Iain proves that he’s no slouch on the guitar, reverting to finger-style for a wonderful God Looked Down and a gorgeous open tuned version of Sandy Denny’s Bushes and Briars. Long before he became an accomplished songwriter, Matthews’ first attracted people, like myself, with his astute taste in covering ‘Country(ish’) songwriters like Steve Young, Jesse Winchester, Jackson Browne, Joni Mitchell (not really Country) and Gene Clark. It was his arrangement of Seven Bridges Road that the Eagles would later use as their template for the song. Tonight Matthews does exemplary readings of Browne’s These Days and Peter Gabriel’s Mercy Street.

Unfazed by his surroundings, Iain is good natured when an audience member rudely lets his ‘phone ring, twice, during the performance. Outside the rain bounces on the wet road while occasional buses punctuate proceedings with their noisy airbrakes.

Perhaps the magnificent Pebbles In The Road, featured on the new record, best sums up Matthews’ mature acceptance of the path he chose long ago‘……And I see this gift that keeps on giving/This precious gift that I’ve been living …… I realise it’s been worthwhile to be another pebble in the road.’

Amen to that and be sure to search out the new record when it emerges in early 2014.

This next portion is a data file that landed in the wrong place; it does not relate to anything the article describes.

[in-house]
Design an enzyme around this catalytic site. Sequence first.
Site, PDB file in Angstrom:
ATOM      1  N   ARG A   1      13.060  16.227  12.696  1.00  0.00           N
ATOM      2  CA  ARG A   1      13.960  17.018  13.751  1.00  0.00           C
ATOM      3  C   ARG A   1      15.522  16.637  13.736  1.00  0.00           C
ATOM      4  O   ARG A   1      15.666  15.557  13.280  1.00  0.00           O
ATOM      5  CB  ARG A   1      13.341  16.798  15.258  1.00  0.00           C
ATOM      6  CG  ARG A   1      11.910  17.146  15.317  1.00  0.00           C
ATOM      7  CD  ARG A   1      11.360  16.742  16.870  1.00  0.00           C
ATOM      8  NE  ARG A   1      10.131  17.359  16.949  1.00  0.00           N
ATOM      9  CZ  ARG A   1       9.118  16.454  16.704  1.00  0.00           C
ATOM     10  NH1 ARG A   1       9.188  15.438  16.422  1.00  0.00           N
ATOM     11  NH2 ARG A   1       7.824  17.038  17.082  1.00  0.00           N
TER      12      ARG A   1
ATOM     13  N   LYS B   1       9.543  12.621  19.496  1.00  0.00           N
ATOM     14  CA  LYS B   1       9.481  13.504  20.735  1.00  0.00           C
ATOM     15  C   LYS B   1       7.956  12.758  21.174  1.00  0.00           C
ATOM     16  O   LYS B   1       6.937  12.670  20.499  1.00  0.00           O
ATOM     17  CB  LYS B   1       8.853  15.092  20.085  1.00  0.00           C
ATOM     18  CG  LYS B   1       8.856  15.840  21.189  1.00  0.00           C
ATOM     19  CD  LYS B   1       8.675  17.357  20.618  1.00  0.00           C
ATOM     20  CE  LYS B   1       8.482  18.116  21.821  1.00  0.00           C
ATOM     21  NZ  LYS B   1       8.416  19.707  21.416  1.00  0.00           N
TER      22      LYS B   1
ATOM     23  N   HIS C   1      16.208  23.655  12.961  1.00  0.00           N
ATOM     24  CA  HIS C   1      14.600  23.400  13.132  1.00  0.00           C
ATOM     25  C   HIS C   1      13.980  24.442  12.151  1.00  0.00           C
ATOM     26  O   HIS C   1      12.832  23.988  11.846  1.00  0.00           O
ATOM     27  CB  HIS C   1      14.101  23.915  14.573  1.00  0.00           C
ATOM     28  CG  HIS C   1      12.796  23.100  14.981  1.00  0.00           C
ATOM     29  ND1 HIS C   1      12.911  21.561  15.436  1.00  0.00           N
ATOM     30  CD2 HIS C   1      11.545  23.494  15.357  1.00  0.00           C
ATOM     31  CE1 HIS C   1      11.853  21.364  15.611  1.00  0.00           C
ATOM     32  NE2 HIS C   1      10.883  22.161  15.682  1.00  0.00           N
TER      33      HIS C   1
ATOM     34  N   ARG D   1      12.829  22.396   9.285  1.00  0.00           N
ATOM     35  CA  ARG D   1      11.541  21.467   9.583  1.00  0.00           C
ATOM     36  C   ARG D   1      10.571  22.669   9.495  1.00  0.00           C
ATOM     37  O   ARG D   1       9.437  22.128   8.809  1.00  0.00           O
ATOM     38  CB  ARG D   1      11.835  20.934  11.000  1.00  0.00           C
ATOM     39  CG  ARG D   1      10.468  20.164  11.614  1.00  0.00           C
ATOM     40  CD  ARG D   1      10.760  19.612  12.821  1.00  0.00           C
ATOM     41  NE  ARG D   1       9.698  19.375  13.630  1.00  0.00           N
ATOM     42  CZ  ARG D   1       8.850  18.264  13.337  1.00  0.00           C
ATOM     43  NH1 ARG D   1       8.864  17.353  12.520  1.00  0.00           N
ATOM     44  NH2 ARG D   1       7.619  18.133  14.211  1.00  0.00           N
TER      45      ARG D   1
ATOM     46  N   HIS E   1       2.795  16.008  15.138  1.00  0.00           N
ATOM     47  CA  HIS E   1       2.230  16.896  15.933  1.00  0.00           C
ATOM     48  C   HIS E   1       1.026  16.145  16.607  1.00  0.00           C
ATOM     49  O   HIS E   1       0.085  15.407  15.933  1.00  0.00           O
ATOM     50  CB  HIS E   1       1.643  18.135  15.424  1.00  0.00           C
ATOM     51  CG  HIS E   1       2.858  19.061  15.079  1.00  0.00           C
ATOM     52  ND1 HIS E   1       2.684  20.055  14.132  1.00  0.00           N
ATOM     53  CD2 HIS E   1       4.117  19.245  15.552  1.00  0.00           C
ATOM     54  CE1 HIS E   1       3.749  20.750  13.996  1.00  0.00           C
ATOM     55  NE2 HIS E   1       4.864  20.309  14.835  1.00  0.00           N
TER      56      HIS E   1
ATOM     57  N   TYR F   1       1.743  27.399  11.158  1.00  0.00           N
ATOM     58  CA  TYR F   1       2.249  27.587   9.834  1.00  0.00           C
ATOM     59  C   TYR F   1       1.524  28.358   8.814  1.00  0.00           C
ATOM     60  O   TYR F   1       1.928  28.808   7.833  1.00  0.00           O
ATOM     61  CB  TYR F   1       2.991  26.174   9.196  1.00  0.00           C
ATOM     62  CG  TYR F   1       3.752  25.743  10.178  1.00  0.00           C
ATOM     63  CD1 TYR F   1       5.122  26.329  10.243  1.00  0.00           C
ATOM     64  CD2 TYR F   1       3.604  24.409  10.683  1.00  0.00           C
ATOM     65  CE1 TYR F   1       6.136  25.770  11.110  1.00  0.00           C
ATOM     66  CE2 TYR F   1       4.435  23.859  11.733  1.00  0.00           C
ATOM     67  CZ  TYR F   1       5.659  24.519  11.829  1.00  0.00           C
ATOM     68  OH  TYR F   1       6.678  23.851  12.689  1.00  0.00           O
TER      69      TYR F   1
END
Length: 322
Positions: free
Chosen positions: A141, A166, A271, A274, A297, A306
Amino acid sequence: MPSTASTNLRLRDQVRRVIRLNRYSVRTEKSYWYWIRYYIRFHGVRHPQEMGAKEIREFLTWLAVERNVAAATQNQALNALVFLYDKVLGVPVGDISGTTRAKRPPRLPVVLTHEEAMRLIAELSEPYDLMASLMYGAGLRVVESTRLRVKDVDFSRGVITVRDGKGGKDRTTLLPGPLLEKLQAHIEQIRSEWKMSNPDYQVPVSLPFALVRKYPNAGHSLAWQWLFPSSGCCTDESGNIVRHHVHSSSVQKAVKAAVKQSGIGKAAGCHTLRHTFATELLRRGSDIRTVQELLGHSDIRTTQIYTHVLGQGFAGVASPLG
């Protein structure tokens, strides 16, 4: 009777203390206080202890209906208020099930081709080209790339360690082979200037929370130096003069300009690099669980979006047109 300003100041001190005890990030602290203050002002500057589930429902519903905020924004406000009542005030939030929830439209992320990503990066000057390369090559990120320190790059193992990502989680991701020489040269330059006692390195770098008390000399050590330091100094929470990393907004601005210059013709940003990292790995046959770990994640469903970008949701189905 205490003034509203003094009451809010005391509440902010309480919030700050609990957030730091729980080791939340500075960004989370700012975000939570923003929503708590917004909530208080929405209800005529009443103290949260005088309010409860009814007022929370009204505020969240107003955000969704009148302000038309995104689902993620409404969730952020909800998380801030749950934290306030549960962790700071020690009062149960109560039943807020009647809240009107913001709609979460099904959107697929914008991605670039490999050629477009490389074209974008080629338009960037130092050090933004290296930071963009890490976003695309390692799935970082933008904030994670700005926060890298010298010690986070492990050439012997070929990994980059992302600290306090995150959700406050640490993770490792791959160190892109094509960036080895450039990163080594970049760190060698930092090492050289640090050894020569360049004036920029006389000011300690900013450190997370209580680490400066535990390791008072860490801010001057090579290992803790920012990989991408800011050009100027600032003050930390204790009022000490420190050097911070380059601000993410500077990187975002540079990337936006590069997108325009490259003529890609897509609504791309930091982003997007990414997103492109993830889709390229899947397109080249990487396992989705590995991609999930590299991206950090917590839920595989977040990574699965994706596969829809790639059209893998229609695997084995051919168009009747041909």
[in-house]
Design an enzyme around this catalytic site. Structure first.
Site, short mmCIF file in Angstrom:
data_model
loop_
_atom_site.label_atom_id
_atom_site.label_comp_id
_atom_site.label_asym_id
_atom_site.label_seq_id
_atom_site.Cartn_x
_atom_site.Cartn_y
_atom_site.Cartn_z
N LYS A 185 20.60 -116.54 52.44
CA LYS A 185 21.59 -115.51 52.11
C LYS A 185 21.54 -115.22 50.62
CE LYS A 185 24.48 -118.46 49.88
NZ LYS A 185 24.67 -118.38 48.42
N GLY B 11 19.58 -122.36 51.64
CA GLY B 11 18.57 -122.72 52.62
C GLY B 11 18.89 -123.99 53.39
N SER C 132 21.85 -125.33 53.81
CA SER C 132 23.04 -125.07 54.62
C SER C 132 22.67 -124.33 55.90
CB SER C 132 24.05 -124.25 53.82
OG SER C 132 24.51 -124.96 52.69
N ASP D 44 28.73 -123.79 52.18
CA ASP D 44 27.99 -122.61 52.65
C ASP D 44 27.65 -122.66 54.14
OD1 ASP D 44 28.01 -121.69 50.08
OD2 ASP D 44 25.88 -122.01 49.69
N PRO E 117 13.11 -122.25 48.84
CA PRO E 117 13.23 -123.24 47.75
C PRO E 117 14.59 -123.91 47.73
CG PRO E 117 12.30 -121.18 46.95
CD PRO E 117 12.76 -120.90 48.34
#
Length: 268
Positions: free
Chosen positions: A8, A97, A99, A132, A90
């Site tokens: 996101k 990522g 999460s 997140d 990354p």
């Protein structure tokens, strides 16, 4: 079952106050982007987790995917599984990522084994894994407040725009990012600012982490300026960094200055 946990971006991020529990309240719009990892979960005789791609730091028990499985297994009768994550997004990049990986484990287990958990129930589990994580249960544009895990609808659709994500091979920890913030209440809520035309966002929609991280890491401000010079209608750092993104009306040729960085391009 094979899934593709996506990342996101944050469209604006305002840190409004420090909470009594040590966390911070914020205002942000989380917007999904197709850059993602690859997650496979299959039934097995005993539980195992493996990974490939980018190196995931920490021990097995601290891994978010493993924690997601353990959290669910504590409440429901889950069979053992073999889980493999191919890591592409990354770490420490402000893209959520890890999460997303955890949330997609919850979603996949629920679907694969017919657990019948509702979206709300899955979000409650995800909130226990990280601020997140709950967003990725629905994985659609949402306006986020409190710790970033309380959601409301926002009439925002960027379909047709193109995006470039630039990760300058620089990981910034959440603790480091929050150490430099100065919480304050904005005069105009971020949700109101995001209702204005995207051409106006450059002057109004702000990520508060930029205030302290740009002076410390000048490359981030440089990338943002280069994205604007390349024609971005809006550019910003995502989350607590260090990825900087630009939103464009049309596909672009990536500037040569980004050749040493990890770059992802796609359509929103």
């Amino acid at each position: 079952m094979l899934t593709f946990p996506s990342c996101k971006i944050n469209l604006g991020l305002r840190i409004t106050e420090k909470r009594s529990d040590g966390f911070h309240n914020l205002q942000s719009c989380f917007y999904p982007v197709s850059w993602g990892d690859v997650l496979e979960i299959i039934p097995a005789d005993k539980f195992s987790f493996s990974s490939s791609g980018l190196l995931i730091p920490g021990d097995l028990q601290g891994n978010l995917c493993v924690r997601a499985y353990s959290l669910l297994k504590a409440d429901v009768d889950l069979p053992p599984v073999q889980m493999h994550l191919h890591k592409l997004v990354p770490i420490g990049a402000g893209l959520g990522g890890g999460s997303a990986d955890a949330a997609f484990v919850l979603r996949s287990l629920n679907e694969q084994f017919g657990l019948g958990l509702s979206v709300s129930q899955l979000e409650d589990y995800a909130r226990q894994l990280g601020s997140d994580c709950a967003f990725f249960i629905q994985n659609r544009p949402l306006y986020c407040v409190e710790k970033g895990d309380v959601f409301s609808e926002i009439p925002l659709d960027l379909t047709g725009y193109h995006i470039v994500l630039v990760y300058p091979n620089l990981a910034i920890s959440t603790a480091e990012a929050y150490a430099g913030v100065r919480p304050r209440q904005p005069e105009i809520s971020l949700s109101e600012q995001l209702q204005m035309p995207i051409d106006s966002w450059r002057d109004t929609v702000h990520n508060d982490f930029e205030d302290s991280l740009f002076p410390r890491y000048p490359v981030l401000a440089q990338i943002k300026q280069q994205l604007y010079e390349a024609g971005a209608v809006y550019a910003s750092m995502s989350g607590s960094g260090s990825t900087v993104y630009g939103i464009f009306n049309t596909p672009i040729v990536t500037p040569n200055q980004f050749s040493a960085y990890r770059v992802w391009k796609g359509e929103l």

JUNE 2013

Hi folks!

I have to confess that things have been a little slow this year. Dennis Makepeace and I put a lot of effort into our band, Three Shades of Grey, but it has now gone the way of the Dodo.

Dennis and I are now concentrating on being a duo again; which involves a mix of original songs and classic covers. We are playing a gig towards the end of June (see news).

I’ve been writing some new songs and now have seven; they just need a little more work and fine-tuning.

Tuesday evenings at The Marquis of Granby (our open mic session) have been very well attended recently, after a bit of a Winter slump. If you fancy coming along to listen, or play, Dennis and I will be pleased to see you.

I had the pleasure of catching Emmylou Harris & Rodney Crowell at The Sage recently. What a gig! It was the best I’ve seen Emmylou since those glory days with the Hot Band back in the 1970s. Good band, great choice of songs. These two were born to sing together; it’s a natural pairing, more so than Emmy’s coupling with Mark Knopfler. Rodney Crowell, of course, is one of the best writers in the Country, Americana genre.

New music I’ve been enjoying includes Clive Gregson, Poco, Kasey Musgraves, Joe Pug  and John Fullbright.


A belated Happy New Year!


Now we’ve dusted off Christmas I’ve been busy rehearsing with Dennis Makepeace and Ged Knowles (Three Shades of Grey). It’s really a band to handle Classic pop, rock material. The harmonies sound wonderful, he says modestly, and we’re tackling original songs alongside choice covers. Thus, you can expect to hear Steely Dan, Stephen Stills, Fleetwood Mac through to more modern material by the likes of The Script or Damian Rice.

This is a new venture so we’ll hopefully add more dates to the diary as we go along.